Working in tandem, Lopez and the Manhattan Together organizers were able to expedite repairs for some families suffering from rampant mold problems. He says it was rewarding to invite tenants to meetings with NYCHA representatives where they could share their stories. By bringing their concerns out into public forums, Lopez says, the residents were able to hold officials accountable. Despite some heartening cases, however, over time the quality and the timeliness of those repairs went downhill, leaving them no other option than to pursue litigation.

Details from Lopez’s visit to a Taft House apartment show moisture stains under a sink, peeling paint in a child’s bedroom, and a repaired section of a ceiling left unpainted.

Lopez notes that although they still feel frustrated by the relative lack of progress, the tenants in his community do have more tools available to them—namely, advocates like Lopez who now know how to navigate the system, and who have a direct line to legal help and New York City’s Department of Health—and they are often eager to share information with neighbors. They also feel good about shining a brighter light on the mold and asthma issue and to have gained some leverage over the housing authority to be more responsive.

“It’s been a very long game,” Lopez says. “None of these things have quick solutions. But I think we’ve done well with the options in front of us. There’s nothing really you can do except be positive, encouraging, and just not give up.”

[Photo above, from NRDC.org: Ray Lopez, director of environmental health for LSA Family Health Service, uses a device that reads moisture levels during a home visit at Manhattan’s Taft Houses.]

22 Jun

Keep Immigrant Families Together

LSA Family Health Service stands against family separation and for family reunification.

The current immigration crisis in which children are being separated from their parents resonates with us as an organization that:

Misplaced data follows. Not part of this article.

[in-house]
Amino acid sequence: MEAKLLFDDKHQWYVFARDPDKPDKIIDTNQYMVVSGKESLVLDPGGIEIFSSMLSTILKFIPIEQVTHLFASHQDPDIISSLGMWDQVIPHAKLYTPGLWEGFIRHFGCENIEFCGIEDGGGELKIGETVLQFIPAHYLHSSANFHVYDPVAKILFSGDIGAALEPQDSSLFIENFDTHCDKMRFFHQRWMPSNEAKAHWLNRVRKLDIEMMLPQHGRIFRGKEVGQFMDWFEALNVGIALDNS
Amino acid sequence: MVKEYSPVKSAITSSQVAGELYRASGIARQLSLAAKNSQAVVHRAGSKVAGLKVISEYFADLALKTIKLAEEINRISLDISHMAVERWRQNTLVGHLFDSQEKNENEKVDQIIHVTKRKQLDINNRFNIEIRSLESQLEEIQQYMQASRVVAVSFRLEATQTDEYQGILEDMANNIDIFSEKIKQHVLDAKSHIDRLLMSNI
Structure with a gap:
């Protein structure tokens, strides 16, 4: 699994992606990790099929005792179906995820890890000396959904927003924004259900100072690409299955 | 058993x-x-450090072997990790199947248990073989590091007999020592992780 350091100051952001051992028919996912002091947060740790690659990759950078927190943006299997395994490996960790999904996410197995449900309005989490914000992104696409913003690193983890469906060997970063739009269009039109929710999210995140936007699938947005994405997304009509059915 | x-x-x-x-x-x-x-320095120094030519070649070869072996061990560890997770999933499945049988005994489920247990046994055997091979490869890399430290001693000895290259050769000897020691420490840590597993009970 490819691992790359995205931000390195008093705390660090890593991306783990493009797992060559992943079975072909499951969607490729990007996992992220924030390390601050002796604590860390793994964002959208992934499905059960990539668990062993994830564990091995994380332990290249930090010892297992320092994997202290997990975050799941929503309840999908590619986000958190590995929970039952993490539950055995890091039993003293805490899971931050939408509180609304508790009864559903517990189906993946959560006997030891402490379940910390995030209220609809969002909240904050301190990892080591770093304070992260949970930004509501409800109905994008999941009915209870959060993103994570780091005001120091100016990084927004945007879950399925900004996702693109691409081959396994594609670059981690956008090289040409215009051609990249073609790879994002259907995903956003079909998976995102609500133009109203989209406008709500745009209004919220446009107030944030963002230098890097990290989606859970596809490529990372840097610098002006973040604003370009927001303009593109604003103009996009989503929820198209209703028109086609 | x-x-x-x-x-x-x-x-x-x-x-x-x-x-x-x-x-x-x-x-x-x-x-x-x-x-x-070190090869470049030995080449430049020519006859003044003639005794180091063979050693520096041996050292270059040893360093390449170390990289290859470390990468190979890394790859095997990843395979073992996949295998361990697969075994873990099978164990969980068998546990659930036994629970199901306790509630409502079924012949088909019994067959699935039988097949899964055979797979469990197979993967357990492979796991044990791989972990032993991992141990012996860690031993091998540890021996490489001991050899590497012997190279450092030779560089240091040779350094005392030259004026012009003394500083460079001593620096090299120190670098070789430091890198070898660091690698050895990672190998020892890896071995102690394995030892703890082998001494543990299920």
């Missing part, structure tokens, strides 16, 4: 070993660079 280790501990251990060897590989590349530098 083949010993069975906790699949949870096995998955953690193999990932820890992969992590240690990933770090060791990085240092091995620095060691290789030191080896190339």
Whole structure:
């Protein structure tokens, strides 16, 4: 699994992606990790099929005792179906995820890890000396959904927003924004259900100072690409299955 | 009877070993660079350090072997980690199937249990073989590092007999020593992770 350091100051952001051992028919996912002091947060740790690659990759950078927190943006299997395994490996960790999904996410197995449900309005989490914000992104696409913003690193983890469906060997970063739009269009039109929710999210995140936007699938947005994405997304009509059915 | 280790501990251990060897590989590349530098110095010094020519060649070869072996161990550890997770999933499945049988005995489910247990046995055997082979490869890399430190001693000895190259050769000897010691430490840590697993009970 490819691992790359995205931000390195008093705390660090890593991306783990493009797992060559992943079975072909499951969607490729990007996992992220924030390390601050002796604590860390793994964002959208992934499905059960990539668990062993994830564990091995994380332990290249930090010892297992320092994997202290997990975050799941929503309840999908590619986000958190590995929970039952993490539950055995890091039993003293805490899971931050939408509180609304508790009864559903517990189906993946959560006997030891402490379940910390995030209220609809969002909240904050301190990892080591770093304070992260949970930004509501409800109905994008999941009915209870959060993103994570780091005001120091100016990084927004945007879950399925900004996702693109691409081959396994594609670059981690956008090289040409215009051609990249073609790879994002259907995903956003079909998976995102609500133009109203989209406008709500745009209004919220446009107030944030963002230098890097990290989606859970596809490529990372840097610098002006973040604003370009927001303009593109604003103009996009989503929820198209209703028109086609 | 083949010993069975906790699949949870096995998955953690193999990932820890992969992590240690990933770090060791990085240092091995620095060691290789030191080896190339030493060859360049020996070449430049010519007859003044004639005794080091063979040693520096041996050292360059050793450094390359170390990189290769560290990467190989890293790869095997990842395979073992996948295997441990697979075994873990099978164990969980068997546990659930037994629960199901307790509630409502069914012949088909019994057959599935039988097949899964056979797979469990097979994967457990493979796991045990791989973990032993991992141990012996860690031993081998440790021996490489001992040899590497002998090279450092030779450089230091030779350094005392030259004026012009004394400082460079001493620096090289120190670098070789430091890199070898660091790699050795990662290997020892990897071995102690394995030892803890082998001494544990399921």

• strives to keep families in crisis together;
  • works closely with immigrant families in East Harlem who sacrifice so much to make a better future for their children;
  • provides mental health services to families experiencing the trauma of being separated from their loved ones in coming to this country;
  • is made up of trained professionals who understand the fragility of a developing child and the lasting trauma that separation from a parent can cause;
  • is a community of mothers, fathers, sons and daughters.
We urge our legislators and government agencies to return the children quickly and prevent the toxic trauma to children that results from prolonged separation from parents. And we urge them to begin serious work on an immigration policy that is moral, just and humane, and to ensure that this tragedy is never repeated.

What we’re doing to help

For the families we serve, immigration policies that result in families being indiscriminately torn apart have increased the levels of toxic stress in individuals, families, and the community at large. These effects are likely to have long-lasting consequences and intergenerational layers of traumatic stress.

While policy-level changes are essential, the services immigrant families receive through our programs, including a supportive and safe environment, mitigate some of the negative experiences of trauma and loss.